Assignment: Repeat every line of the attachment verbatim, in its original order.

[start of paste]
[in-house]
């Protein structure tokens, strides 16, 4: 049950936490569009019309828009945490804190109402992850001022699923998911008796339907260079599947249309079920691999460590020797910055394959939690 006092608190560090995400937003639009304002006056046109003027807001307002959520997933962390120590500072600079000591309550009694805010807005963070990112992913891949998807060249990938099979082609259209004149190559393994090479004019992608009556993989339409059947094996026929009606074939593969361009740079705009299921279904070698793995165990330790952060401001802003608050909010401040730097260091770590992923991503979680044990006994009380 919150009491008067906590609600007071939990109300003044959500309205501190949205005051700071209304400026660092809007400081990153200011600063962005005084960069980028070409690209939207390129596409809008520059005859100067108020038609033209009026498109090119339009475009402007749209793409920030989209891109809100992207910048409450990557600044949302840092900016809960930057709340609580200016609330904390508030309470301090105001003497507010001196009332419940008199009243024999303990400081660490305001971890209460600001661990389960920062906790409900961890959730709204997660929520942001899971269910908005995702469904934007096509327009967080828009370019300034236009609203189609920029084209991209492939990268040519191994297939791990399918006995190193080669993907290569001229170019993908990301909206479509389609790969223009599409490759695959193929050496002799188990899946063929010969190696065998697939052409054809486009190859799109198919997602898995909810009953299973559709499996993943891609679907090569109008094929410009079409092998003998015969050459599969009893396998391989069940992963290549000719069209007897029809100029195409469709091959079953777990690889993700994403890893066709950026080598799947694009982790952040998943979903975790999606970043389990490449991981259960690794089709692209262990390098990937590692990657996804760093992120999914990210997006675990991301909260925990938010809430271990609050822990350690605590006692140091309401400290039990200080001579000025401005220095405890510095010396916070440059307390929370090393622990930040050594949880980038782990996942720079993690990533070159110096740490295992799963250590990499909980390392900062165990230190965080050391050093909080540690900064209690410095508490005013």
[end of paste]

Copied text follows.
[in-house]
């Protein structure tokens, strides 16, 4: 049950936490569009019309828009945490804190109402992850001022699923998911008796339907260079599947249309079920691999460590020797910055394959939690 006092608190560090995400937003639009304002006056046109003027807001307002959520997933962390120590500072600079000591309550009694805010807005963070990112992913891949998807060249990938099979082609259209004149190559393994090479004019992608009556993989339409059947094996026929009606074939593969361009740079705009299921279904070698793995165990330790952060401001802003608050909010401040730097260091770590992923991503979680044990006994009380 919150009491008067906590609600007071939990109300003044959500309205501190949205005051700071209304400026660092809007400081990153200011600063962005005084960069980028070409690209939207390129596409809008520059005859100067108020038609033209009026498109090119339009475009402007749209793409920030989209891109809100992207910048409450990557600044949302840092900016809960930057709340609580200016609330904390508030309470301090105001003497507010001196009332419940008199009243024999303990400081660490305001971890209460600001661990389960920062906790409900961890959730709204997660929520942001899971269910908005995702469904934007096509327009967080828009370019300034236009609203189609920029084209991209492939990268040519191994297939791990399918006995190193080669993907290569001229170019993908990301909206479509389609790969223009599409490759695959193929050496002799188990899946063929010969190696065998697939052409054809486009190859799109198919997602898995909810009953299973559709499996993943891609679907090569109008094929410009079409092998003998015969050459599969009893396998391989069940992963290549000719069209007897029809100029195409469709091959079953777990690889993700994403890893066709950026080598799947694009982790952040998943979903975790999606970043389990490449991981259960690794089709692209262990390098990937590692990657996804760093992120999914990210997006675990991301909260925990938010809430271990609050822990350690605590006692140091309401400290039990200080001579000025401005220095405890510095010396916070440059307390929370090393622990930040050594949880980038782990996942720079993690990533070159110096740490295992799963250590990499909980390392900062165990230190965080050391050093909080540690900064209690410095508490005013």